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The Lime x L.A. TACO Guide to Venice and Santa Monica

5:04 PM PST on November 15, 2019

Los Angeles is a city defined by neighborhoods you move through. But it’s hard not to feel isolated and stuck in your bubble. We created this guide, in partnership with Lime, to spotlight the tried-and-true spots that tie locals together.

[dropcap size=big]T[/dropcap]he shifting populations of L.A.’s most recognized beach cities mirror the constant ebb and flow of the sea. Businesses crest and crash like waves, fresh concepts forming on their horizon. Sun-weathered locals, pallid tech world transplants and jumpy visitors, much like the tides, materialize and recede in an uninterrupted coil of commotion.

We speak, of course, about Santa Monica and Venice.

In the ’30s and ’40s, Santa Monica was a hazardous, high-stakes city that noir novelist Raymond Chandler loosely fictionalized as “Bay City," a place where mob-owned gambling boats were buoyed by the Pacific and gallons of Prohibition liquor.

The lawless bohemia of ’60s Venice that attracted artists and musicians like The Doors is no more. At least not the bohemia part.

Neighborhoods in both Santa Monica and Venice irrevocably shaped the legendary Zephyr skateboarding team (the Z-Boys) in the late ’70s and early ’80s, before skyrocketing into the tourist-trod corner of high rises and South Beach-style facades you’ll see today.

Yet the essence of Santa Monica and Venice, like the views of their shared bay and sunsets, is immutable. They are cities of perennial promise, inspiration, and community. The Santa Monica Pier is forever the goalpost of a cross-country journey on Route 66, a destination that can still strike the heart dumb with its isolated charm if you ever manage to beat the multitudes.

A more assured jaw-dropper can be found among the canals designed by Venice’s visionary architect, Abbot Kinney, where you’re certain to find solitary souls strolling, photographing, and sketching their way to the boutique heaven knows as Abbot Kinney Boulevard. Even among that street’s big brand flagships or the popular stretch known as Third Street Promenade, you can still find businesses preserving the history and spirit of these ever-changing cities.

Rip City Skates, a small white store with sticker-covered windows, stands less than a mile west of Record Surplus. Opened in 1978, it’s the only skate shop in Santa Monica with ties to the Z-Boys, the Dogtown-based (Santa Monica and Venice) skaters who redefined the now-Olympic sport with their alternately laid-back and aggressive, surf-inspired moves.

Record Surplus, just a few feet beyond Santa Monica’s eastern border, has provided the soundtrack for the city since 1985. A haven for music obsessives, it is one of the Westside’s last vinyl stores, with roughly 50,000 new and used records beneath its high, wide ceiling. Entering is akin to finding your neighbor’s garage is actually a meticulously organized, easily navigable warehouse of vinyl, cassettes, CDs, and DVDs. Browsing feels intimate but never cramped in the large space.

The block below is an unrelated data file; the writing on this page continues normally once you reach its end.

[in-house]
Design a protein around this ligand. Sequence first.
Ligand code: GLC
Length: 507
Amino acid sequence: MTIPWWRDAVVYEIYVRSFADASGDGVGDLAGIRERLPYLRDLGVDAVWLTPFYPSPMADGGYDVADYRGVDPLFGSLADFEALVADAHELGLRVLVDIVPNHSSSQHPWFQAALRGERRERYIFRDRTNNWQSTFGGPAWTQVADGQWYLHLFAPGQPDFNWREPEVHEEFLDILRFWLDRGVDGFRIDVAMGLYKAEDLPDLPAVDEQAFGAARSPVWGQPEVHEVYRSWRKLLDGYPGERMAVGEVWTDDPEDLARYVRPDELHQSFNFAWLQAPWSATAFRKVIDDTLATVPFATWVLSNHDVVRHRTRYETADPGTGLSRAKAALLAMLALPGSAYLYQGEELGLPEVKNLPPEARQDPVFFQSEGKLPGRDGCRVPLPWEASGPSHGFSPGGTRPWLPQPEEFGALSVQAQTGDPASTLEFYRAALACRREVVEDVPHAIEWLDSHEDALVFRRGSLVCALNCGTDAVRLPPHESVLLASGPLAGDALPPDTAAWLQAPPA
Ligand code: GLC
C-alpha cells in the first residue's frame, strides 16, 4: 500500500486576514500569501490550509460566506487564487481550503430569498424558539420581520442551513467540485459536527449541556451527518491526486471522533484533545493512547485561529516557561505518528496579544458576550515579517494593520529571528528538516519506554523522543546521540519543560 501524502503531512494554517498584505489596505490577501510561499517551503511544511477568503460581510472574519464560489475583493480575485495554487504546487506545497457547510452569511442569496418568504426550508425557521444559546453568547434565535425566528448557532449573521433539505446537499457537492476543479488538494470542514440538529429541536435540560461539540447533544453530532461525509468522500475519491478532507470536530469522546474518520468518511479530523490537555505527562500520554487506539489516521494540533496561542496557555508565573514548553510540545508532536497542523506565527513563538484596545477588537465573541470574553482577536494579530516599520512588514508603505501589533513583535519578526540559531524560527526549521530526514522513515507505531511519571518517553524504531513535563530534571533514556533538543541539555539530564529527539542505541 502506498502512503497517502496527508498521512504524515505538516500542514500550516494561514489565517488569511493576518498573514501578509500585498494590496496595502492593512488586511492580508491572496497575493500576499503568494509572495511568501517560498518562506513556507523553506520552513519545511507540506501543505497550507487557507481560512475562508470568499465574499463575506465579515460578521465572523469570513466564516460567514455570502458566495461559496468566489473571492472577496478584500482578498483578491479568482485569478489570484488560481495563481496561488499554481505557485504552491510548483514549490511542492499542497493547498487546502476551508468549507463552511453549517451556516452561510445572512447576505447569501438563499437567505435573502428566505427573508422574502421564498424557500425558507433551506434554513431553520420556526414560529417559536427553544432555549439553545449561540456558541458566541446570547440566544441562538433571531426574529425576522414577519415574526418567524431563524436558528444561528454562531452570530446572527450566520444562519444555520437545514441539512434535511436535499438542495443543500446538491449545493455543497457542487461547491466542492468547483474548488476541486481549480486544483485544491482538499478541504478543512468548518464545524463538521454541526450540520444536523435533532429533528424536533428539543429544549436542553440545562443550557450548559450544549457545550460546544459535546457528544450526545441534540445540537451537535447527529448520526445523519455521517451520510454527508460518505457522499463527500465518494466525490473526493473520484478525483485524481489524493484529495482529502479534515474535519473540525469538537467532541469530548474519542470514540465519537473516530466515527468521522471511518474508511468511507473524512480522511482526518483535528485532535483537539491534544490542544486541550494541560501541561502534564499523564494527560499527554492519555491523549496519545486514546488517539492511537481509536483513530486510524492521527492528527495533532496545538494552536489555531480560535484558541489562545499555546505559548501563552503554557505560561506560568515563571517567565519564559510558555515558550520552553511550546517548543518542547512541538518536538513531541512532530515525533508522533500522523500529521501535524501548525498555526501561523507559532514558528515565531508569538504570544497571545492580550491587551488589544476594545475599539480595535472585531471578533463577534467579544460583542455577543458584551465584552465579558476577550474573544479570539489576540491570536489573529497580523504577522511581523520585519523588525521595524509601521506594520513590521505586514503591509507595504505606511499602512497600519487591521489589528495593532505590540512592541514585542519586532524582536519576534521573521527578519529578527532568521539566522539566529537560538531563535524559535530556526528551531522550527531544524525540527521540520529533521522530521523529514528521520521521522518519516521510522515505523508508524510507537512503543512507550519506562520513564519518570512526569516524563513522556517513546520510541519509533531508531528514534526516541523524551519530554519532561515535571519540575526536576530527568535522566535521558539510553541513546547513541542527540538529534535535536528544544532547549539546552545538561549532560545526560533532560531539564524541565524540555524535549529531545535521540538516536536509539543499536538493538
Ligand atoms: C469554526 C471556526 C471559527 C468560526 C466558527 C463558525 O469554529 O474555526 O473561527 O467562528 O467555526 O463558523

In addition to the varied, sometimes rare, stock and large, welcoming space, there’s a friendly, knowledgeable staff that debunks the disgruntled record store employee stereotype. Owner Neil Canter is a surf rock encyclopedia, the best living guide to the sound that scored surfing-safaris and bonfires up and down PCH in the late ’50s and early ’60s. Longtime staffers like DJ/record label owner House Shoes (Michael Buchanan) and rapper Koreatown Oddity (Dominique Purdy) have helped curate a deep reserve of contemporary hip-hop from L.A. and elsewhere.

Rip City Skates, a small white store with sticker-covered windows, stands less than a mile west of Record Surplus. Opened in 1978, it’s the only skate shop in Santa Monica with ties to the Z-Boys, the Dogtown-based (Santa Monica and Venice) skaters who redefined the now-Olympic sport with their alternately laid-back and aggressive, surf-inspired moves. Rip City is equal parts museum and retail space. Skateboards of every decade-defining shape and color adorn the walls and ceiling, most of them autographed by the legendary skaters who rode them.

Come taco-time, you’ll find yourself super stoked to see a beachside location of Teddy’s Red Tacos, which single-handedly infected L.A. with an all-consuming fever for Tijuana-style tacos dorados filled with juicy birria de res.

New boards from national companies sit next to those from locals like Santa Monica Airlines (founded by Zephyr co-founder Skip Engblom). Owners Jim McDowell and Bill Poncher are behind the counter. Acting as historians, instructors and deadpan comics, the pair assists skaters of all abilities who drop by the shop. While the Z-Boys redefined skateboarding, McDowell and Poncher were also catering to the flocks of roller skaters gliding and dancing along the trail of sand-dusted concrete that runs across the beaches of Dogtown. That tradition continues, as skate-dancers of all levels groove in Venice’s skate dance plaza nearly every weekend. If you’d rather spin to oldies on eight wheels than carve the concrete of the pro-frequented Venice Skate Park, Rip City still carries roller skates.